The Great Lakes Storm is Michigan’s only quad rugby team. Based in Saginaw, it started in Detroit in the late ’80s, under the umbrella of Michigan Sports Unlimited, an organization promoting athletics for people with physical disabilities. The current roster of 12 players are from all over, as far north as Bay City and all the way south to Ann Arbor. They practice once a week in either Saginaw or Flint, and attend tournaments across the country. Last week’s demo game was staged to promote the release of Murderball (read the Metro Times review in the Cinema section), at the Main Art Theatre.

Team member Dave Mengyn recalls the first time he saw a live game of quad rugby.

“I thought it was nuts,” he says. “You see guys who can’t get themselves off of the floor, and here they’re getting smashed and thrown [over in] their chairs. I thought it was out of control. I still do, and it’s great.”

Mengyn was injured in a car accident 14 years ago. He ranks as a 3.5, and has been part of the team for three years.

For the Royal Oak demo, the team was one member short, so Mengyn’s able-bodied brother, Michael, hopped in a chair to help out and give the game a whirl. He was the guy who had his wheel knocked off.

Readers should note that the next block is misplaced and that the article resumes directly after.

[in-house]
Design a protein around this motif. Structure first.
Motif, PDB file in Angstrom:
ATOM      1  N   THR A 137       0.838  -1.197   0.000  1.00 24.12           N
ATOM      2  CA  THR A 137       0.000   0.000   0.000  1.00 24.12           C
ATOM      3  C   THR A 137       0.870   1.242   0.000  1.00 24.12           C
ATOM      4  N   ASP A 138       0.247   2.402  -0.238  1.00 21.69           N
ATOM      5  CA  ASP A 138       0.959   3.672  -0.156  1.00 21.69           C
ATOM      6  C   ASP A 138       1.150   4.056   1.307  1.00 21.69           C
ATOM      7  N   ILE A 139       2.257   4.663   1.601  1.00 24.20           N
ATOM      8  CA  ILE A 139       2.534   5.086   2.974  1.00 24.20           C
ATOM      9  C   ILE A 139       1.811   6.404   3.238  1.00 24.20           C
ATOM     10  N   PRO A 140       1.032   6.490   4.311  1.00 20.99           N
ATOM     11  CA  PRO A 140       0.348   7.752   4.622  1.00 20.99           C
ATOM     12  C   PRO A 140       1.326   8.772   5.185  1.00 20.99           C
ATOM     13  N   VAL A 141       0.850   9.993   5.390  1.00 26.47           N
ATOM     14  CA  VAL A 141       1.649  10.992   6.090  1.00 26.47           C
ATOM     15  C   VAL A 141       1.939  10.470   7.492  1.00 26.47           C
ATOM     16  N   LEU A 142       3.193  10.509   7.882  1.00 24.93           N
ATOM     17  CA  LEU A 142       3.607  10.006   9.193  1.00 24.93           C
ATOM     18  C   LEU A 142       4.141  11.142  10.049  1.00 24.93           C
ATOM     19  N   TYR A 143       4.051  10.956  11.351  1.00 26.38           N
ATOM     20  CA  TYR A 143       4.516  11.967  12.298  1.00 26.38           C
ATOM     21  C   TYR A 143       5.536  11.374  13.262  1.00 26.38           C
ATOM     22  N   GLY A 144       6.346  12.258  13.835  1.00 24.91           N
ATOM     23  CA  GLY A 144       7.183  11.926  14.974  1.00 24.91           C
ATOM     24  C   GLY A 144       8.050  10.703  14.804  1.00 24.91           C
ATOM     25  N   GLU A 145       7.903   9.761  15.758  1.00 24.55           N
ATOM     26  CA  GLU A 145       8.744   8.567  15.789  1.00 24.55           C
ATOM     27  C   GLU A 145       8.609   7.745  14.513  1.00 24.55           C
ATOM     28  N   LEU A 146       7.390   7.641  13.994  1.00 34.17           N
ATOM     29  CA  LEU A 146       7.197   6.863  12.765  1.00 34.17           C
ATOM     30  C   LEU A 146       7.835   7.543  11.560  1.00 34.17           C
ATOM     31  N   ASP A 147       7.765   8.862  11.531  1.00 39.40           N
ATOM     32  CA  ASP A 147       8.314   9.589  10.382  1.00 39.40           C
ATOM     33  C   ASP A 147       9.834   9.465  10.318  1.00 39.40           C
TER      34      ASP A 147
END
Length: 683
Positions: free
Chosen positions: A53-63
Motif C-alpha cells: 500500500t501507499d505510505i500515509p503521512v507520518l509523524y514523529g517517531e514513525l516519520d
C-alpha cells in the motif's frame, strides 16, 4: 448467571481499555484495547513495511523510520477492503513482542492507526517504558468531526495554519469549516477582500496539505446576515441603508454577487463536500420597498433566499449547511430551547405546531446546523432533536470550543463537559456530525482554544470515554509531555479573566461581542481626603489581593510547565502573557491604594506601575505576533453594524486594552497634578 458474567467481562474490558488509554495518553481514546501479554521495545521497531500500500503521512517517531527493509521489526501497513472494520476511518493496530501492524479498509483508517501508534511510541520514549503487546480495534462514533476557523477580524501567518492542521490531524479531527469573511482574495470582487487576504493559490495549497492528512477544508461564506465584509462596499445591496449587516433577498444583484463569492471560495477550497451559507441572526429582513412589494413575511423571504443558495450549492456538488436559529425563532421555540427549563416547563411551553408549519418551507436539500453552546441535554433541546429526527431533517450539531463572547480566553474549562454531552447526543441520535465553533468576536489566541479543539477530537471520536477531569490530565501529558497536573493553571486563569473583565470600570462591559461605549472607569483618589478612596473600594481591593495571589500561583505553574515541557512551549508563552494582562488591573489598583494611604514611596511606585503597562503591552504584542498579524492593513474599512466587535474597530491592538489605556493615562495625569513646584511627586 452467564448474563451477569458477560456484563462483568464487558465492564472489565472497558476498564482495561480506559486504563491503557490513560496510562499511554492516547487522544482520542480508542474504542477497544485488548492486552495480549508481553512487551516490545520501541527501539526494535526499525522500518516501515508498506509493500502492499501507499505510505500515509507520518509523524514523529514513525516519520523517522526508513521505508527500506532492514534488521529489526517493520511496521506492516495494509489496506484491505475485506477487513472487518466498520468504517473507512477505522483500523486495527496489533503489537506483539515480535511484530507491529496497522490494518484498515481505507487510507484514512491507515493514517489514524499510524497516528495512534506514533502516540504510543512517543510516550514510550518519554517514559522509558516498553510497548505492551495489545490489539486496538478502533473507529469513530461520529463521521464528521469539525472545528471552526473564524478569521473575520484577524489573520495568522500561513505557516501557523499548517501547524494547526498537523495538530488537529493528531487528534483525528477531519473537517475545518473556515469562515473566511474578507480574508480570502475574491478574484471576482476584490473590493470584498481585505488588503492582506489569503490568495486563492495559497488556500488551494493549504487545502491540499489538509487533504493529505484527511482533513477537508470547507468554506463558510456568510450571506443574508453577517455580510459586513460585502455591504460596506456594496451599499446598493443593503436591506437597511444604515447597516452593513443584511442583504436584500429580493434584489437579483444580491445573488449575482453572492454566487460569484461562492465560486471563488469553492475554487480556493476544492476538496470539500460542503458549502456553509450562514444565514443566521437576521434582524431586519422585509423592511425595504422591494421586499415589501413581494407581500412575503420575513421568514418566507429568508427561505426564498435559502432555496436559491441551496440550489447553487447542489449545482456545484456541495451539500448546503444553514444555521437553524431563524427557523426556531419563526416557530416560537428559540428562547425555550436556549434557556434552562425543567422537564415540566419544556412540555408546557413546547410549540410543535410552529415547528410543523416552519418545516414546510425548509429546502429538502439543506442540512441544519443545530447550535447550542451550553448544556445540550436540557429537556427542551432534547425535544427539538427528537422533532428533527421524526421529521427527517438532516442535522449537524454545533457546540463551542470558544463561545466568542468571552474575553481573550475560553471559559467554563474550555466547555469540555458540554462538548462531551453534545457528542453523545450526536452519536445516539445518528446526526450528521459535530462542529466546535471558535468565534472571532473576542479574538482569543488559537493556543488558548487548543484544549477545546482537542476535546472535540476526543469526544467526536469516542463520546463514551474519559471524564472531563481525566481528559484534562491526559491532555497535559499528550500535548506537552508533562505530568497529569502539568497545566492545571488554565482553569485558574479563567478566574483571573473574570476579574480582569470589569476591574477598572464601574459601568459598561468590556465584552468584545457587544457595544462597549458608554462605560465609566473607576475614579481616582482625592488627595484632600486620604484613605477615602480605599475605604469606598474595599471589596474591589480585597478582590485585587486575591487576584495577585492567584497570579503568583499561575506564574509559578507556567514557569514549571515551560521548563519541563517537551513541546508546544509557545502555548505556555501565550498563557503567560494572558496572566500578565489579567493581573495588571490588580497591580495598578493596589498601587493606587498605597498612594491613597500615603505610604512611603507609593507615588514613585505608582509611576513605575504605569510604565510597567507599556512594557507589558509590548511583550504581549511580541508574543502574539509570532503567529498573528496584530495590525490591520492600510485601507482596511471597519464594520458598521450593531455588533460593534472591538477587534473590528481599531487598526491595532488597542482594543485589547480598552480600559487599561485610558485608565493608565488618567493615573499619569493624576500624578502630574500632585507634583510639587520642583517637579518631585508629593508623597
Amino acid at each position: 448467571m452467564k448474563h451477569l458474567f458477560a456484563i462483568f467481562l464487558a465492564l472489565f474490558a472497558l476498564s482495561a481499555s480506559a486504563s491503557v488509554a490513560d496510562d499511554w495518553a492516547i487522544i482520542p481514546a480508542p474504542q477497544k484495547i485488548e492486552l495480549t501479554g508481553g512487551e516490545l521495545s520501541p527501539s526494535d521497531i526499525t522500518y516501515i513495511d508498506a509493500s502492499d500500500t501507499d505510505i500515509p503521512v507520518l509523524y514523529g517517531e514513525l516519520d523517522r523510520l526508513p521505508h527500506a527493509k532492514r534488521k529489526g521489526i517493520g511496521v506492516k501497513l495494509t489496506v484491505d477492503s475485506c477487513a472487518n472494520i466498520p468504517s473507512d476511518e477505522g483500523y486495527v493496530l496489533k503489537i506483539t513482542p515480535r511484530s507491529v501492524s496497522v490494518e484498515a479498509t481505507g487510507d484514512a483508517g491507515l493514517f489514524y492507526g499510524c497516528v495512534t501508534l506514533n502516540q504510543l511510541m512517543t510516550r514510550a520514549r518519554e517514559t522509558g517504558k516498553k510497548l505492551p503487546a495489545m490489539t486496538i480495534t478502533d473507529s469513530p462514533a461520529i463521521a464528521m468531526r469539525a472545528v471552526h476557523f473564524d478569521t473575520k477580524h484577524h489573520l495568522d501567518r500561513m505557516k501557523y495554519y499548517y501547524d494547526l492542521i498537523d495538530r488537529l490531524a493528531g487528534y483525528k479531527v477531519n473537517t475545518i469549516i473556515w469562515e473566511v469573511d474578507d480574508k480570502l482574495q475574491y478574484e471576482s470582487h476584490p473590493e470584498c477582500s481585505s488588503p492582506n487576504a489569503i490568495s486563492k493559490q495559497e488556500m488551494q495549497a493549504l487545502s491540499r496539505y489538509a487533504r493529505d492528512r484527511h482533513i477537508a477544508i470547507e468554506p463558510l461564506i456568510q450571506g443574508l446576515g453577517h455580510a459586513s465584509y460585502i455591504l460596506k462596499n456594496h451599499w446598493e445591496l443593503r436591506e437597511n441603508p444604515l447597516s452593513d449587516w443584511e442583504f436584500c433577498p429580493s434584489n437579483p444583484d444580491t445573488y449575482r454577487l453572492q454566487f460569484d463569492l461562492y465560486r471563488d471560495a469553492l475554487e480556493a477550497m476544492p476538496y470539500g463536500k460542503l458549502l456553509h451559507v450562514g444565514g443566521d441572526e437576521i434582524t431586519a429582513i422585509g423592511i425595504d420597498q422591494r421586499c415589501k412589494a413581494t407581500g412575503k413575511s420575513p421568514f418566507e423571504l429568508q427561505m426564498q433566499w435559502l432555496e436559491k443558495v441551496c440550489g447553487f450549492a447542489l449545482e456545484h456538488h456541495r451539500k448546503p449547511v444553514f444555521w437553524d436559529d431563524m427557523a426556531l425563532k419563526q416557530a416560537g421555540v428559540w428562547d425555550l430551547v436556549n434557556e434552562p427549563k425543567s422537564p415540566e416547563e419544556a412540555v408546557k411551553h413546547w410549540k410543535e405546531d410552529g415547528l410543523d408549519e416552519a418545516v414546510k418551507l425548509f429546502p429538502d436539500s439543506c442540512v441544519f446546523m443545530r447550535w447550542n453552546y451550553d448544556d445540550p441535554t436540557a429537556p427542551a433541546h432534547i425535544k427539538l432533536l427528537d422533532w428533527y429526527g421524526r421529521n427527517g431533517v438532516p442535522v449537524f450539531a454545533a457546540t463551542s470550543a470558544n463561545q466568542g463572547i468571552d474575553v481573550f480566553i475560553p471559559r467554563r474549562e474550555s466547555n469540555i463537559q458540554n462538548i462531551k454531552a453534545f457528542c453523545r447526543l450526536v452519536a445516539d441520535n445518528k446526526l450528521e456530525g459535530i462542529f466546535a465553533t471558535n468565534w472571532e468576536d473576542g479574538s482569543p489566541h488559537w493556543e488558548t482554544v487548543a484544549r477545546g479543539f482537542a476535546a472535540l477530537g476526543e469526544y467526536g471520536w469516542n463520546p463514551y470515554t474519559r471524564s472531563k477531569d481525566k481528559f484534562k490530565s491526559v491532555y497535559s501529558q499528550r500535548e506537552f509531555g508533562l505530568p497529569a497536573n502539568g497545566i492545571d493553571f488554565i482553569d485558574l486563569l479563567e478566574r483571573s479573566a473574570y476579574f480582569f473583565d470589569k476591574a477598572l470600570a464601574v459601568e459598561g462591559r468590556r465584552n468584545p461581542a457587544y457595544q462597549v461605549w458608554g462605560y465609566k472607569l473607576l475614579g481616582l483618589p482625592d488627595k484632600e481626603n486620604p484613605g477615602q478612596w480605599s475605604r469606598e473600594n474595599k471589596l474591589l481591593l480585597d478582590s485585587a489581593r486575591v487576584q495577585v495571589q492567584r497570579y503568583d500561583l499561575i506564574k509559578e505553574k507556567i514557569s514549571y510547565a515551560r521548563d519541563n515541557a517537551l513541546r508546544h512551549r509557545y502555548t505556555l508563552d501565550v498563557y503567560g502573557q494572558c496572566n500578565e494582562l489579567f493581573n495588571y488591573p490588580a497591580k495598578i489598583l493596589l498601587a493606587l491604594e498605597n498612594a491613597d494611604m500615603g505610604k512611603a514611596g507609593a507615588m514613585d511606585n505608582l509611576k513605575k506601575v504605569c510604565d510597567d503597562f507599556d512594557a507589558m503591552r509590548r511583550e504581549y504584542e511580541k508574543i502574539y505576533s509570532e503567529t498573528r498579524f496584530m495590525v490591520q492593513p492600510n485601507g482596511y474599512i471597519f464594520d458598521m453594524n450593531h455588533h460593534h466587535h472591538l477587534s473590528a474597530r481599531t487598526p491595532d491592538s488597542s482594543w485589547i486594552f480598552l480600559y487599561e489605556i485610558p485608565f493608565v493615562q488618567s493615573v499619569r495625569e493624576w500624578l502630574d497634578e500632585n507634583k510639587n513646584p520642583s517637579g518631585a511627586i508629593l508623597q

“I don’t think people can fathom it until they see it,” Dave Mengyn says. “Even people who came to the demo didn’t expect to see us hitting each other with full force. It’s cool to see that people can be shocked by what’s going on, but then accept it as just another sport.”

Team captain Brian Sheridan has been with the Storm for six years. He was an avid athlete until he broke his neck performing a back flip in gymnastics at 18.

“I had pushed athletics aside to focus on my degree and my personal life,” Sheridan says. “I thought I had it all figured out — until I started playing rugby. I didn’t realize that you could still experience that feeling of competition and adrenaline and the ultimate feeling of success.”

In addition to the physical and psychological benefits, there’s a crucial third element: fun.

“We do have an initiation ritual when we’re on the road,” Mengyn says. “The newer person gets pushed off the bed and we take apart their chair and spread the parts around the room. We wrestle all the time, exchanging punches. We’re just guys throwing our testosterone around.”

But it’s not totally a boys’ club — the Storm has one female player, the shy but determined Anita Buntea.

“She has no mercy, and she doesn’t expect it from anyone,” Mengyn says. “She’s an asset to us, because when we’re playing other teams and they underestimate her, that means a few extra points for us.”

Sheridan says that “after such a traumatic injury, wheelchair sports can reveal a whole new side of life in a wheelchair. It can show you that you can still accomplish just about anything. Wheelchair rugby, who would have thought? But it works.

“I can honestly tell you the best days of my life have been since [I was injured]. My life has been wonderful. I can’t complain about a damn thing.”


Visit the team’s Web site at

Sarah Klein is the culture editor for Metro Times. Send comments to [email protected]